DH: The excitement of something new. The first time is always the most exciting. You might not fully appreciate everything that's happening to you & there's nothing you can do to get that back. It's a one- time event. So that's exciting... all of the aspects of the unknown. 
*Surface: Any advice for a singer or band struggling to succeed in the music industry? 
DH: Give up music & go into computers. Other than that, it's tenacity & getting a few breaks. You have to be crazy to do it. (Laughter) I don't think that people realise how much time and effort it takes. It's not something that you can do five days a week & then go home for the weekend. It's 24-hours non-stop for as long as it takes. It's not the kind of thing that you can ever drop. 
*Surface: This seems to be an era of one-hit bands. Are pop icons a fading breed? 
DH: The industry does seem to be leaning that way quite a bit. It seems a lot easier just to sell records than to create monsters, as it were. There's probably a lot more money in it for them that way. If somebody's got a vision for themselves & is able to make everyone see it, then it happens. Whether the industry regards it or not is another thing. 
*Surface: Who are you listening to today? 
DH: I don't really listen. I go see bands. Listening to records & tapes just doesn't do it for me. I like the full impact of the live performance. 
*Surface: What is your take on the new generation that seems to be evolving? 
DH: I think that it's the embodiment of rock & roll - the revolutionary. The idea of youth getting their say & having a place to say it. I think that that is the value & the beauty of it. That it's somewhat forbidden & challenging & scary is just absolutely perfect. I'm quoting Ed Wood there with 'absolutely perfect.' 
*Surface: ...and you were quoted as saying that all singing, all music comes from the same basic core. Where does music come from? 
DH: Well, it's obviously a function of the brain, to be non-lingual & create some kind of tonal pattern. I saw some native South American Indians doing some music on TV & it was almost eerie, what they ended up with. Almost like when you're sitting thinking, but not thinking (imitates the tribal beat). And God knows what it does. It must be something very soothing, something good for the brain.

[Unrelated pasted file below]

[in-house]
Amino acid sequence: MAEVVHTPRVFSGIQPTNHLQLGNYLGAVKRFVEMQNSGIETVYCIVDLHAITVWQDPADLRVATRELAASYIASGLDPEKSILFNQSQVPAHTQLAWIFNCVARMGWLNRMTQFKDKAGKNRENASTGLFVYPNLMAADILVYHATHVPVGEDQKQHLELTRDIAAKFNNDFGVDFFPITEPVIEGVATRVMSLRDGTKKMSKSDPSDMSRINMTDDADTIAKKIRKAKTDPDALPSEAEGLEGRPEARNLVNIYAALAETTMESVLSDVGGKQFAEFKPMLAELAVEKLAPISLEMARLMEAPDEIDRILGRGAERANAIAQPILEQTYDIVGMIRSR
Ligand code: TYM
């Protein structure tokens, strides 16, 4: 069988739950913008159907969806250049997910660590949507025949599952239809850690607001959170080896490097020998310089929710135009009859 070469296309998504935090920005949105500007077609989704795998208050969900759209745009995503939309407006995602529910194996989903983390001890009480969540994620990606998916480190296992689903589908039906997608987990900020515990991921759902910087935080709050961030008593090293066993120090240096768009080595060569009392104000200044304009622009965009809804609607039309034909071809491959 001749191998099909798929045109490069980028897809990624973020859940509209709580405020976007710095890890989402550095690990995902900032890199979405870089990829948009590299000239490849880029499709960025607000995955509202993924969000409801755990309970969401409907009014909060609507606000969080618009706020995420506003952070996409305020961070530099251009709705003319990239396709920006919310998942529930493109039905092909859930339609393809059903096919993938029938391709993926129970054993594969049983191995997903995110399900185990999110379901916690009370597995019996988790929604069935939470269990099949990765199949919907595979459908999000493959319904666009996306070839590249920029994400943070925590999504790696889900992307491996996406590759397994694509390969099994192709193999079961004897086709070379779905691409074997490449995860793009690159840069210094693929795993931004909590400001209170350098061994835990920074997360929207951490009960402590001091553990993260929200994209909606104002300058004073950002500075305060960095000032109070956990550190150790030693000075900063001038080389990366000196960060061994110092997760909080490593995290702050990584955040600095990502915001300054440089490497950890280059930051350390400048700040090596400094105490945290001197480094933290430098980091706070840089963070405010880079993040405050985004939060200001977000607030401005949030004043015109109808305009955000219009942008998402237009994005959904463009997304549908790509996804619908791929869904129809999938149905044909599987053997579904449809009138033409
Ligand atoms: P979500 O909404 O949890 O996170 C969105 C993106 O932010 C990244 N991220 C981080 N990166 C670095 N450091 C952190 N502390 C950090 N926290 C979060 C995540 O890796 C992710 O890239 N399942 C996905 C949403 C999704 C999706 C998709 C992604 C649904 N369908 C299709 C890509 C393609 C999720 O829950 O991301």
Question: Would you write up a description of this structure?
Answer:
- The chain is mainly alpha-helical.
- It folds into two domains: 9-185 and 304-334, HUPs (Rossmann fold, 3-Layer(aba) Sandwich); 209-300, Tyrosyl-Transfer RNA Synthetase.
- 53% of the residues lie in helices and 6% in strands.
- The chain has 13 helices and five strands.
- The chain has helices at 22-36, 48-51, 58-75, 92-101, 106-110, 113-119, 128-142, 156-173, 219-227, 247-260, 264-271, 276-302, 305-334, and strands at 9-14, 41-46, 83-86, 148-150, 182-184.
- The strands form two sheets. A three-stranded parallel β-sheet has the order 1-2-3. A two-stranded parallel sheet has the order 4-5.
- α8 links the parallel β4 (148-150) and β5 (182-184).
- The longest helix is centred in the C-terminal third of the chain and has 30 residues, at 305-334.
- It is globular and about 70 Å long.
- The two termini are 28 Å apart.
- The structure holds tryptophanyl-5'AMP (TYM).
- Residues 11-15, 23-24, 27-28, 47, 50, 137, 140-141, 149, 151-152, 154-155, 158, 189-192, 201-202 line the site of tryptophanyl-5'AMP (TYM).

*Surface: The Jazz Passengers thought you were ideal as vocalist for Dog In Sand because of the "little girl" lyrics. 
DH: It's hard to say how people see you or what you permit them to see... whether it's our subconscious, unconscious or conscience. People pick up on different aspects of your personality that they feel more comfortable with. What we see in other people is often just a reflection of ourselves. 
*Surface: What's next for you in music? 
DH: I'm playing it by ear. I'm going to do some recording with Chris Frantz & Tina Weymouth from Talking Heads. They're doing an Argentinian band, Los Fabulosos Cadillacs {who won for Best Latin Video at the '94 MTV awards}. I'm going to guest on a track for them. 
*Surface: Have you been looking at scripts? 
DH: I'm always doing that. You know hope springs eternal (with a laugh). I keep going & auditioning. I did a part with Adam Ant in an independent film called Drop Dead Rock. That's my latest thing. It's directed by Adam Dubin who has done alot of rock videos. 
*Surface: How do you chose a role? 
DH: Desperation (laughing). That's a big factor. Just kidding! It has to do with who's involved. What my schedule is like, who's directing it. I like things that are creative, that I'm not going to be really embarrassed about later on. 
*Surface: Are you interested in doing anything on television?